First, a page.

It's been 3 weeks now that we've been in Mongolia. It seems like a much longer time than just 3 weeks. So much has happened. When you change a country, try to get established in an apartment, and start a new job, all in just 3 weeks, it is bound to feel like months and months. It certainly does feel very far away from the rest of the world. Life is so different. I don't really know how to take it all in and feel "normal". What is normal now? I think I'm passing through culture shock in a milder way than first anticipated. The initial preoccupation with finding housing and starting work is over but now the more realistic phase of living here and blending in with the community or should I say fitting into the community is beginning. Sounds, smells, sights, the ordeal of going shopping (there is no such thing as one stop shopping), the ordeal of washing clothes and ironing (no dryers), the race to the bus and being stuffed in like sardines with the other 1000 people trying to get to work, is all a bit much sometimes. There isn't much to look at and relax in. It is hard living here, not much beauty, and yet the people are lovely, warm, generous, kind, and giving. If it were not for that one might just faint! Yesterday, as we took the bus home from work a man and his grandson were sitting together on the same seat. The bus was full and we were carrying our heavy load - backpack and computer. The grandfather could not speak English nor his grandson. Richard took their picture (he often does this!) and the grandfather beckoned for him to rest his backpack on his lap. So Richard did. Little hints of kindness we find often as we go through our day.
I find work to be not very stimulating but very challenging in an agonizing kind of way. I am used to my employers giving me concrete direction with detailed information. This employer is the exact opposite. Very little direction, and when he does direct it is not very clear at all. So I need to find the Lord in it and take His leading. All of this is very challenging, confusing, discouraging, but I suppose the very right atmosphere for growth if I submit it to the Lord.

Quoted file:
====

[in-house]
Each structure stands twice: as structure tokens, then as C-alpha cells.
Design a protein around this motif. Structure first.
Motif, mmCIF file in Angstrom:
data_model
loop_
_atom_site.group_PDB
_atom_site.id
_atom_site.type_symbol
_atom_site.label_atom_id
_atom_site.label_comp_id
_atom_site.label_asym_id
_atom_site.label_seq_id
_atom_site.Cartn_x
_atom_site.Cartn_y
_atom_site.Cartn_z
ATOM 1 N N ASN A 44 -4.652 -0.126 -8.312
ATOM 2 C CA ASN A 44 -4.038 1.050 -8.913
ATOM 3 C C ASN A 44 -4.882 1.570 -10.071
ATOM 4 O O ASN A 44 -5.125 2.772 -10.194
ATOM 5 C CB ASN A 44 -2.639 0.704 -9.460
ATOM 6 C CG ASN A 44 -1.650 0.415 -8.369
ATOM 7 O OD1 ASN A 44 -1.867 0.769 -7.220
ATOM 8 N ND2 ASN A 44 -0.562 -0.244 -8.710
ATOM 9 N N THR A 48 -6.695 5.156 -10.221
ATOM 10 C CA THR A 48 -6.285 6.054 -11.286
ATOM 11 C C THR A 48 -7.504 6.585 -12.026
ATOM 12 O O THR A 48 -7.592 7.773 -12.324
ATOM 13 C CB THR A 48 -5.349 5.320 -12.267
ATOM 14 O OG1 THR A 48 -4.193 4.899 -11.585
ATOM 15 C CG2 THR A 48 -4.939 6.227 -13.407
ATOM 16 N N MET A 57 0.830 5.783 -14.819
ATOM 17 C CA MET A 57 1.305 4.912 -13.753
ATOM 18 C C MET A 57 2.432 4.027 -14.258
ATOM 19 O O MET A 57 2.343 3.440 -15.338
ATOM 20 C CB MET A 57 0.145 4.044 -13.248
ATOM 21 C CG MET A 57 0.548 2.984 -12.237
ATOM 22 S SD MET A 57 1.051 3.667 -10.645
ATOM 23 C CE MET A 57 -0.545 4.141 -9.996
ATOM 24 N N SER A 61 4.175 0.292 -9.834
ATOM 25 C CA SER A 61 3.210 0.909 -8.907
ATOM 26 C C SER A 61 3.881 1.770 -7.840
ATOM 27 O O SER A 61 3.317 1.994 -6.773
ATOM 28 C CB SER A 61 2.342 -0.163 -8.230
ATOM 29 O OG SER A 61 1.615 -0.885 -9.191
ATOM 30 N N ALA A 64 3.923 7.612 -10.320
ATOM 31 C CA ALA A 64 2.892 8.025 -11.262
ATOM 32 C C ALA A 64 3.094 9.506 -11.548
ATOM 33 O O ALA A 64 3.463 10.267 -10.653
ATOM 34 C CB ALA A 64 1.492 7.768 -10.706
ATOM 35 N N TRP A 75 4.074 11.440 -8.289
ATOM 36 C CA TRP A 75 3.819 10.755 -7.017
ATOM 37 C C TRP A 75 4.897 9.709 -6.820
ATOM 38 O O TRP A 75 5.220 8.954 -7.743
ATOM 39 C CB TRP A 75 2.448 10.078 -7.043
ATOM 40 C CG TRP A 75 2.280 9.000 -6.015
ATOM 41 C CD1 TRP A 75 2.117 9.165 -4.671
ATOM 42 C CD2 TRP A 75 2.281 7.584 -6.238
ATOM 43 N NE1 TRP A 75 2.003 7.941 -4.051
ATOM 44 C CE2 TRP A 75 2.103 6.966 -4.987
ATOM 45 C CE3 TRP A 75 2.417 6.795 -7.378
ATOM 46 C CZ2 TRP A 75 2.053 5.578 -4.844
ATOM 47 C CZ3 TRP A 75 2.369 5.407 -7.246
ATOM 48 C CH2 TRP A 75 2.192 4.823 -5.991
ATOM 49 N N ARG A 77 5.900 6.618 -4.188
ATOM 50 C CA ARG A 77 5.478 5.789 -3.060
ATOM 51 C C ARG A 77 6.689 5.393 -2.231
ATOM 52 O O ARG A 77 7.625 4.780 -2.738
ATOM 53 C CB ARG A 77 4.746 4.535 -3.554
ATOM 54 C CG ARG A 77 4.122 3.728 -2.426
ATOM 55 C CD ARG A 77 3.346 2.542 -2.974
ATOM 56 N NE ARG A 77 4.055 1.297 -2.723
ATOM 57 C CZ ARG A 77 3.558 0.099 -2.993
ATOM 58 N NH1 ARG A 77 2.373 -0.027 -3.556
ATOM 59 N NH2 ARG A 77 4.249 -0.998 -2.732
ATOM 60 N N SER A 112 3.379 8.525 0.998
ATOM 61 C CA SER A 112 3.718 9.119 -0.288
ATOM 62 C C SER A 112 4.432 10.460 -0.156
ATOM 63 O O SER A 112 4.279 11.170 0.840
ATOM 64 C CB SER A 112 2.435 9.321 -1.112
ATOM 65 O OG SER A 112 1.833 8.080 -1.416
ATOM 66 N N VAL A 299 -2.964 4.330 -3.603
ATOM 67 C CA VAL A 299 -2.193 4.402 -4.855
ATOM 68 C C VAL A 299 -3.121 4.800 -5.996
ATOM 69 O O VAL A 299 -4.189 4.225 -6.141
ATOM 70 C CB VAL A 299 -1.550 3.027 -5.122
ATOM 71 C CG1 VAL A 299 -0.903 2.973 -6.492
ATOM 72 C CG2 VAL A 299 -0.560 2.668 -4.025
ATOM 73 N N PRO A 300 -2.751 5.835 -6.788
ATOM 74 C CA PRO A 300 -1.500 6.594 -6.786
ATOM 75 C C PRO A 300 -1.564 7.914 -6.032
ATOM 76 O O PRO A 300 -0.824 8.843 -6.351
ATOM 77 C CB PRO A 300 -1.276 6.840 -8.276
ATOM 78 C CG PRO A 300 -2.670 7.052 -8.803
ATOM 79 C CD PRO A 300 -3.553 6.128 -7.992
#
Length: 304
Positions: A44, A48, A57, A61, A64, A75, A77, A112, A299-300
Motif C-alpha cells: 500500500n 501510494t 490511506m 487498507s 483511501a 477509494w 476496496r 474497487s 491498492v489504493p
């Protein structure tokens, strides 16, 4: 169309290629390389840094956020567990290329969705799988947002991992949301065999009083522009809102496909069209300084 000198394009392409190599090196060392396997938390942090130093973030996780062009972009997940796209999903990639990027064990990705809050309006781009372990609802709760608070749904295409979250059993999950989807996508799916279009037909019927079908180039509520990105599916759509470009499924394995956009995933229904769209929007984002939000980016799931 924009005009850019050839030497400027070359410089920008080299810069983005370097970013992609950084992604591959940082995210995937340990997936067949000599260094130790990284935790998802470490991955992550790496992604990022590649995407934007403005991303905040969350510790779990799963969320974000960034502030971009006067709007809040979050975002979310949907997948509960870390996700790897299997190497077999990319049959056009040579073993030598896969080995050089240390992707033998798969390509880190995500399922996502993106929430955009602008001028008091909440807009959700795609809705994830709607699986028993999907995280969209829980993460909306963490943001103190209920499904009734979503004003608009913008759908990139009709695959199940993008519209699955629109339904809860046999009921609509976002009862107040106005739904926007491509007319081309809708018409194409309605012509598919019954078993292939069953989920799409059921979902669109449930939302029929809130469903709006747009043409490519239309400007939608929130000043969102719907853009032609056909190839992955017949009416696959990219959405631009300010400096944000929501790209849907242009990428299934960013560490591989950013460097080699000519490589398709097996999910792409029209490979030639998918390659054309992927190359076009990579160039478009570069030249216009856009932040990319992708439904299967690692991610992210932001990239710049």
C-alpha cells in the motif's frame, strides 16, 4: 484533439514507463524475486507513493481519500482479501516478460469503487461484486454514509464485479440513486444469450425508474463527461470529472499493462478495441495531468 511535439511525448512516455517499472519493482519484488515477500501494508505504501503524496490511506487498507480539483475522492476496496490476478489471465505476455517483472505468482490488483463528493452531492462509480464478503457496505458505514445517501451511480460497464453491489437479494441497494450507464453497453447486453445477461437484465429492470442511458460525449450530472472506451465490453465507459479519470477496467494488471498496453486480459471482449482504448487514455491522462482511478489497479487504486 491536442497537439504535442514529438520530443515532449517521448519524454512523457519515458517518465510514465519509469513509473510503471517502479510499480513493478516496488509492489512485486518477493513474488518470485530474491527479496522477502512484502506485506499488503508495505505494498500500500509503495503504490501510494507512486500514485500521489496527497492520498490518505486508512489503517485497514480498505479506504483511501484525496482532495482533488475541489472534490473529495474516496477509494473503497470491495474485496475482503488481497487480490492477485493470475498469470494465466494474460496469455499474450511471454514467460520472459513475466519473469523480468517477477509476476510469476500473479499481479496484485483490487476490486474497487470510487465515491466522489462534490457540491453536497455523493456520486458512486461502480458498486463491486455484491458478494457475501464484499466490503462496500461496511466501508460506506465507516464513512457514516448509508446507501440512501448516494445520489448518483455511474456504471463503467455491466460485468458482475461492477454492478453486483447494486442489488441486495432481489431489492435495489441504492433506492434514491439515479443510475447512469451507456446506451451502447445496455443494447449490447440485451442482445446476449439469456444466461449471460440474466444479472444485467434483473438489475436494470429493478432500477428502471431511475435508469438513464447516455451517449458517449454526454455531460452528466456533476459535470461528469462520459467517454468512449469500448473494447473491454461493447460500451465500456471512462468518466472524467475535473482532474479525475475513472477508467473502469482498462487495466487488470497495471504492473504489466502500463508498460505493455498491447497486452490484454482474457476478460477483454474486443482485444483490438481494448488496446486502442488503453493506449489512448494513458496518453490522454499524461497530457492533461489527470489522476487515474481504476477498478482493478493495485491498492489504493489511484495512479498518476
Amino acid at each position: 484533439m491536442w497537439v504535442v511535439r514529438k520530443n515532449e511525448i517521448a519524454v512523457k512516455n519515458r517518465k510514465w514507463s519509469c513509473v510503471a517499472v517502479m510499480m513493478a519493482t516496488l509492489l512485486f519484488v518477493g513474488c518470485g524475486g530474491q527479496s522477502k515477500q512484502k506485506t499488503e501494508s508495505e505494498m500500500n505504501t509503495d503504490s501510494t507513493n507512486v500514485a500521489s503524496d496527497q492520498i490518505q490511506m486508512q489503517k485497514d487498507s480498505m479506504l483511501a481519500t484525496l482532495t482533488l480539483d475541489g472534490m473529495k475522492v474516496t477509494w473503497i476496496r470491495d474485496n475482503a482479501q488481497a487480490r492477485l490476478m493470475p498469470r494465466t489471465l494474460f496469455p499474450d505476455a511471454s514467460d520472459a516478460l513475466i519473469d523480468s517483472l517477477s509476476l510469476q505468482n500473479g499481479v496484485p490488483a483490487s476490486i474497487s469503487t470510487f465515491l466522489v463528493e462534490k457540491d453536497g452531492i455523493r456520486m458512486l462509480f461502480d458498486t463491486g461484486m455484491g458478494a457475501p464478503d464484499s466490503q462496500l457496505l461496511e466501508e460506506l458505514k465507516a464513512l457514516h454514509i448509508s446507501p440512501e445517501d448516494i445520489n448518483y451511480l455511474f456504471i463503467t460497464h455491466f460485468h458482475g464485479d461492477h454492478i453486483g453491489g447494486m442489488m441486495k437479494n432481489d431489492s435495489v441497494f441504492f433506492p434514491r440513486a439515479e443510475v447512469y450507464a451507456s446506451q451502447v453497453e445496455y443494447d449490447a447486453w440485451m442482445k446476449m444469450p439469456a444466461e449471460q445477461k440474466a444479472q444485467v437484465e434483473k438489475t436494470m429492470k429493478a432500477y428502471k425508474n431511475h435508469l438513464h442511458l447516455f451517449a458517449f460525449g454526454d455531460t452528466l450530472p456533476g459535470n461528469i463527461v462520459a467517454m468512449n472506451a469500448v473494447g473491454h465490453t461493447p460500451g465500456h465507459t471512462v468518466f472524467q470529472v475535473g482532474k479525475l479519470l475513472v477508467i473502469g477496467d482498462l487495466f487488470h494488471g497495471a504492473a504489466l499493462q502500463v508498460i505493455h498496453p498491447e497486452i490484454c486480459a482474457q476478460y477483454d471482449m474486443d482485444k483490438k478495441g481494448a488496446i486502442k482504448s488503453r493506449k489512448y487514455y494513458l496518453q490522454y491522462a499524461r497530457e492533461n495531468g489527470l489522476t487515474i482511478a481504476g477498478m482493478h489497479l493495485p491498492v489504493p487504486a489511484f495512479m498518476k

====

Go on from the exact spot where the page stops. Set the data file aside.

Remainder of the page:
We had the most amazing experience on Sunday. We went to a church of our friend on the outskirts of town, near the airport. The music was very good at this church, our friends being on the worship team. They have lovely voices and the music was nice. They had a visiting preacher from the US but is Chinese and spends alot of his time in the Philippines. He reminded me of our dear friend, Otoniel in LA. Well, he preached (shouted) for about 2 hours and then we all had lunch together with the Pastor and his wife and our dear friends. Actually, the man preaching is very intelligent and informative about world events and has had an incredible testimony himself. I am leading up to what was so fascinating. One of the men in the church, newly converted, is one of the 5 top businessman in the country. He at one time owned 15 very prosperous businesses but lost them all and went bankrupt about 3 years ago. Recently, he has started up a business again of exporting sheep skins and fur to China and Korea. After the meeting he took us with this guest preacher to his factory. As we bumped along the road through a maze of crumpled buildings and uneven roadways we finally came to his office in an old Russian building. It looked like a concentration camp. We walked into this nice office had coffee and he showed his coin collection dating back to 1100 AD. Impressive. Afterwards he took us to the factory which was in another building close by. It was like walking back in time about 100 years. There in a big building were thousands of animal skin,s big vats of green looking chemicals, and tumblers about 24 feet high and about 3 feet wide. Ladies were pulling off the fur from the hide without any sharp instrument just with their gloves. The chemical loosens the fur from the hide. It was all very dirty and muddy and wet but so very fascinating. I don't know why but it was!
Today we began language study. We learned the alphabet, the vowels, and the consonants and have to memorize them by tomorrow! haha. This is a very intensive course and will be a real boost if we can actually pull it off. It's all greek to me!
Until another day.....Baryatai (which means goodbye!)